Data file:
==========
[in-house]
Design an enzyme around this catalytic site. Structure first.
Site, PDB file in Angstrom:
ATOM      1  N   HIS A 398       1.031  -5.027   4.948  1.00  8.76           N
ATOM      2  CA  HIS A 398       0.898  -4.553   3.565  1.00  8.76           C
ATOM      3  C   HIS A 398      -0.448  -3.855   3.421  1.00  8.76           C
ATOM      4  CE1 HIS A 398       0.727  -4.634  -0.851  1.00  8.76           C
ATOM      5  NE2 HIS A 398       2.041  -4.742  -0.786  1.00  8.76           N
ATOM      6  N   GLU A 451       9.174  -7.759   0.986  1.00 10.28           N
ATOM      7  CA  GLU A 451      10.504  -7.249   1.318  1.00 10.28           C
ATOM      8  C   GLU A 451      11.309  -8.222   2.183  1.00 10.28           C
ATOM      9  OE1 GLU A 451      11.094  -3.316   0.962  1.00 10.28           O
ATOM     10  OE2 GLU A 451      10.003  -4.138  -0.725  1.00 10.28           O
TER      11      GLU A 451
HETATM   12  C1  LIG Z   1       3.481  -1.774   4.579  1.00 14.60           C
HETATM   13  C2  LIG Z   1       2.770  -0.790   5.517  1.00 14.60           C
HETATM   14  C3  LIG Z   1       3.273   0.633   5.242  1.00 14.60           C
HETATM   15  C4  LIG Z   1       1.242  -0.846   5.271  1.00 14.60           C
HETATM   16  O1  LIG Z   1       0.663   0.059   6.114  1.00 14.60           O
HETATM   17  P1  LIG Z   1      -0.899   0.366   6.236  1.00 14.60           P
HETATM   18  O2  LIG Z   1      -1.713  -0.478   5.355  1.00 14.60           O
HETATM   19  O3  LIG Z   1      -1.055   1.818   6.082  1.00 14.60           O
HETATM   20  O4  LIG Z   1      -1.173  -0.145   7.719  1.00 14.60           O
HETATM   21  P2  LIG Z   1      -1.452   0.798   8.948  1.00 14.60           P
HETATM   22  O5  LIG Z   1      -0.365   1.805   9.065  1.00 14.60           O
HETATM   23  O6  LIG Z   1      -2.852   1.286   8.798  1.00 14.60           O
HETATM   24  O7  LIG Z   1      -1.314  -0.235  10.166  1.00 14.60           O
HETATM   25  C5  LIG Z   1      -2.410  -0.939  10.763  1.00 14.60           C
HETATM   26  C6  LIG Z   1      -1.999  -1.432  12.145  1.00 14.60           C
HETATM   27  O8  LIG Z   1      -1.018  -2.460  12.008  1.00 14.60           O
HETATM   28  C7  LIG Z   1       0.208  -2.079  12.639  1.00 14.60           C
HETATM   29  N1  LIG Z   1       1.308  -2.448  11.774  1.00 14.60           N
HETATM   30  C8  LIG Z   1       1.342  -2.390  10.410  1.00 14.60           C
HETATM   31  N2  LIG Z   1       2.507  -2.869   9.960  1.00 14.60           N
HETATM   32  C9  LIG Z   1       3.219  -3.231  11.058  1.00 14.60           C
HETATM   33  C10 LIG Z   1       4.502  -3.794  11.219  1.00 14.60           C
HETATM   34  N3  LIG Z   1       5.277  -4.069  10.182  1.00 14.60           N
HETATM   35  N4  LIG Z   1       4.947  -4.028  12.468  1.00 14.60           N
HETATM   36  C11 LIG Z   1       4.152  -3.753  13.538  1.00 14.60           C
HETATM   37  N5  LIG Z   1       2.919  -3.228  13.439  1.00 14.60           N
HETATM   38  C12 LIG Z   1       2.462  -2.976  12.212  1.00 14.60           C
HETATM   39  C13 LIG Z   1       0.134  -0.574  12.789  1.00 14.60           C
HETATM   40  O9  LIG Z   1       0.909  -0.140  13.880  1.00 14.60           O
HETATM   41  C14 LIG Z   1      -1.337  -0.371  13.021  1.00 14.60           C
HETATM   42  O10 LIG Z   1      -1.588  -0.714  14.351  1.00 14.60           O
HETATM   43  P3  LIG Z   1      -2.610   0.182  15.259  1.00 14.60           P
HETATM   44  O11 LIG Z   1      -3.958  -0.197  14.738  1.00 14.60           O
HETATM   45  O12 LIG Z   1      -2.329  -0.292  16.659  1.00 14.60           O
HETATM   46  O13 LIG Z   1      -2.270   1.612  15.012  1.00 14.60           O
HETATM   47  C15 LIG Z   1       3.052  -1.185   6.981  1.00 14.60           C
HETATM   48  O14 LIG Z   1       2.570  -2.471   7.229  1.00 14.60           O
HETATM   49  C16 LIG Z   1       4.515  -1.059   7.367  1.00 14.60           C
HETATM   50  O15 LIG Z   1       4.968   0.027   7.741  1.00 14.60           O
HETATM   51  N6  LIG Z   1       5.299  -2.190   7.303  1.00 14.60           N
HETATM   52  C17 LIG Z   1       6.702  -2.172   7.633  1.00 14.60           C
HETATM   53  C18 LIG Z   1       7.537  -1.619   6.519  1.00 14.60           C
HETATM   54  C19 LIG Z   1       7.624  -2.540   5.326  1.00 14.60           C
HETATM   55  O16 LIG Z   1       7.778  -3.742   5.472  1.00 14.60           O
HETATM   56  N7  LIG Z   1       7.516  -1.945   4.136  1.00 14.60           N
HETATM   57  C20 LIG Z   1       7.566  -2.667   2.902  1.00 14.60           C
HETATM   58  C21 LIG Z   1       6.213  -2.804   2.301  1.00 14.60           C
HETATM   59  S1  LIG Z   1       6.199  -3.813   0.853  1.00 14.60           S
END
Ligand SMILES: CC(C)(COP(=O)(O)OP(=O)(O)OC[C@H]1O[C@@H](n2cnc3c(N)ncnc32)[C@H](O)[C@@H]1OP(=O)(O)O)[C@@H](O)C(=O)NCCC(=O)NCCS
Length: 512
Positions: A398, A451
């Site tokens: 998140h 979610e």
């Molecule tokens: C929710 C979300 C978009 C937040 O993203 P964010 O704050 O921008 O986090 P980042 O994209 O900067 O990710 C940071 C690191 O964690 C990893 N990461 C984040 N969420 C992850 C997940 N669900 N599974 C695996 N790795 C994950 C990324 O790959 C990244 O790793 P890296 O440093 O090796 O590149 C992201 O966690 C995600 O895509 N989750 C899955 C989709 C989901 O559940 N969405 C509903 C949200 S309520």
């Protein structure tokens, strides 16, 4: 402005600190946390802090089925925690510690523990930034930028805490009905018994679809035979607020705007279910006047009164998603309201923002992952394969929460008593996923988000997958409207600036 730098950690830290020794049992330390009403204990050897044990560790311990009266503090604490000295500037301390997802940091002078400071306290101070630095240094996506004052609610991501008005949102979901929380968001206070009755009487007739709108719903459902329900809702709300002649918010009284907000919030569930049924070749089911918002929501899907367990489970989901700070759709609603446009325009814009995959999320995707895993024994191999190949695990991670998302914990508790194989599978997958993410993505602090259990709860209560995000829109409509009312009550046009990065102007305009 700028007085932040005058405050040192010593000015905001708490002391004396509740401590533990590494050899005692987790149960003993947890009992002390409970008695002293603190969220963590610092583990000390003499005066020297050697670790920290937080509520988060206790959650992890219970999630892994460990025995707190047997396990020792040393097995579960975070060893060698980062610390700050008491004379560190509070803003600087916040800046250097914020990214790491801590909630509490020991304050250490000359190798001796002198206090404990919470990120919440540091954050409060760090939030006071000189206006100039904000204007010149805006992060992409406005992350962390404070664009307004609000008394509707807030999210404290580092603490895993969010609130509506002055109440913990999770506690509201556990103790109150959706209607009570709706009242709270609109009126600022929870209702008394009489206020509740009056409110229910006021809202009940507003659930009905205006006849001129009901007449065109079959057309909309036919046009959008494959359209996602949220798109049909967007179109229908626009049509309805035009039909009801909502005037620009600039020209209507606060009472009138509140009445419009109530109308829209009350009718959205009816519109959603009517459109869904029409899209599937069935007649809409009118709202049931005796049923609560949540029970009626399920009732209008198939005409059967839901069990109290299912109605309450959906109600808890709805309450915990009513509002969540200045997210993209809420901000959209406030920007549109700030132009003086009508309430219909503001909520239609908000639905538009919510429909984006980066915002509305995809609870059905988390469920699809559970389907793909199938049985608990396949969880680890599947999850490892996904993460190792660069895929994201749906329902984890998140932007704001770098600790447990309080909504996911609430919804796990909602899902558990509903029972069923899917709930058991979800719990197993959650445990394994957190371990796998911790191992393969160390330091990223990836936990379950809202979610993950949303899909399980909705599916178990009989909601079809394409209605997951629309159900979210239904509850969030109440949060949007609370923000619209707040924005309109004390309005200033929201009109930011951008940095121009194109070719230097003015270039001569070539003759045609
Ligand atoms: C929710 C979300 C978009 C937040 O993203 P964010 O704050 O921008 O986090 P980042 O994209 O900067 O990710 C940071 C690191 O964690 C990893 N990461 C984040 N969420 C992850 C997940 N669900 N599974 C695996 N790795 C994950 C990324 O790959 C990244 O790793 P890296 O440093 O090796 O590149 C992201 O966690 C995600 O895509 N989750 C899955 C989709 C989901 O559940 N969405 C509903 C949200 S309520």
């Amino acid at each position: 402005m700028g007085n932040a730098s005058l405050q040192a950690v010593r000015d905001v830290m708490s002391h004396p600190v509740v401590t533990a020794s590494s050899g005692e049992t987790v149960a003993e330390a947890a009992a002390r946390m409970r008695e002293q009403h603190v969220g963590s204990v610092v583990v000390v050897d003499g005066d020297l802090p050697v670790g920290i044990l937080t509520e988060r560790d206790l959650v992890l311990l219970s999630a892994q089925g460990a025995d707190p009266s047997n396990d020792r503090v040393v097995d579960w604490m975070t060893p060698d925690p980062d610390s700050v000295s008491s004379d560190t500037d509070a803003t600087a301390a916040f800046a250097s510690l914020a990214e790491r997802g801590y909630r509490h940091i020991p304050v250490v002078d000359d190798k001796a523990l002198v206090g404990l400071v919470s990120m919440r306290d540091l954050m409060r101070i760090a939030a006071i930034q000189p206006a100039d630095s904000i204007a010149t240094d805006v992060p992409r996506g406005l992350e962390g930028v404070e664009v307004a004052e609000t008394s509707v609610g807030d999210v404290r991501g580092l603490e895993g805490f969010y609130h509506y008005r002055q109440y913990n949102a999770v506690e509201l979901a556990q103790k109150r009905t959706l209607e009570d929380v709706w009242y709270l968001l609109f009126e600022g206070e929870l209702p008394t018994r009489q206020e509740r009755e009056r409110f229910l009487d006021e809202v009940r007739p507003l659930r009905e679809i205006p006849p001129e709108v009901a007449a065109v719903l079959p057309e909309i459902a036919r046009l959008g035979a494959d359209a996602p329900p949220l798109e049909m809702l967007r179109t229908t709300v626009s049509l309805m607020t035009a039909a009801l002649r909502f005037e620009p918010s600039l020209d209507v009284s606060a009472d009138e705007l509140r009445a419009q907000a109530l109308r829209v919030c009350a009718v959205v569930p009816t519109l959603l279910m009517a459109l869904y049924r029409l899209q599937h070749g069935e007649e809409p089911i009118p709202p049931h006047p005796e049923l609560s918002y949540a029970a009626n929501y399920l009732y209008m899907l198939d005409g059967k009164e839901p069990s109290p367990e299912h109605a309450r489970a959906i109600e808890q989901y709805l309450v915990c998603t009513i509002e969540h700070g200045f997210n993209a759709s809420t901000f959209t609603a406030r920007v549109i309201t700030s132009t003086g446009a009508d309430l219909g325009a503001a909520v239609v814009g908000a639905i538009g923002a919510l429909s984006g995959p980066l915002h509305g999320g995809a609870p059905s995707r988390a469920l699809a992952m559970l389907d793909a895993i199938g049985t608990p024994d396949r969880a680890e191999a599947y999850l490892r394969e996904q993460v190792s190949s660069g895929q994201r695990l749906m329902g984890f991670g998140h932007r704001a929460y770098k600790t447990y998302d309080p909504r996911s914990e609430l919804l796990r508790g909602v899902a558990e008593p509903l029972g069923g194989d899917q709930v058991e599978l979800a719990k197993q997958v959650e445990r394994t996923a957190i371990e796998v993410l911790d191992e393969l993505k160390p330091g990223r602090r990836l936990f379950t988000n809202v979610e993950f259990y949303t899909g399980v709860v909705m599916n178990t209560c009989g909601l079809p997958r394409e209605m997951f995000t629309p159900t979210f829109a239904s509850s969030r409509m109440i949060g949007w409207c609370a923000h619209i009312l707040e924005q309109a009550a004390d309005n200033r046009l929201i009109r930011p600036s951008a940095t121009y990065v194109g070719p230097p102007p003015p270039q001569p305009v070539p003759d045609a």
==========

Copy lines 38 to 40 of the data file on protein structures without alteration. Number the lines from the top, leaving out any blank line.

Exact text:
HETATM   35  N4  LIG Z   1       4.947  -4.028  12.468  1.00 14.60           N
HETATM   36  C11 LIG Z   1       4.152  -3.753  13.538  1.00 14.60           C
HETATM   37  N5  LIG Z   1       2.919  -3.228  13.439  1.00 14.60           N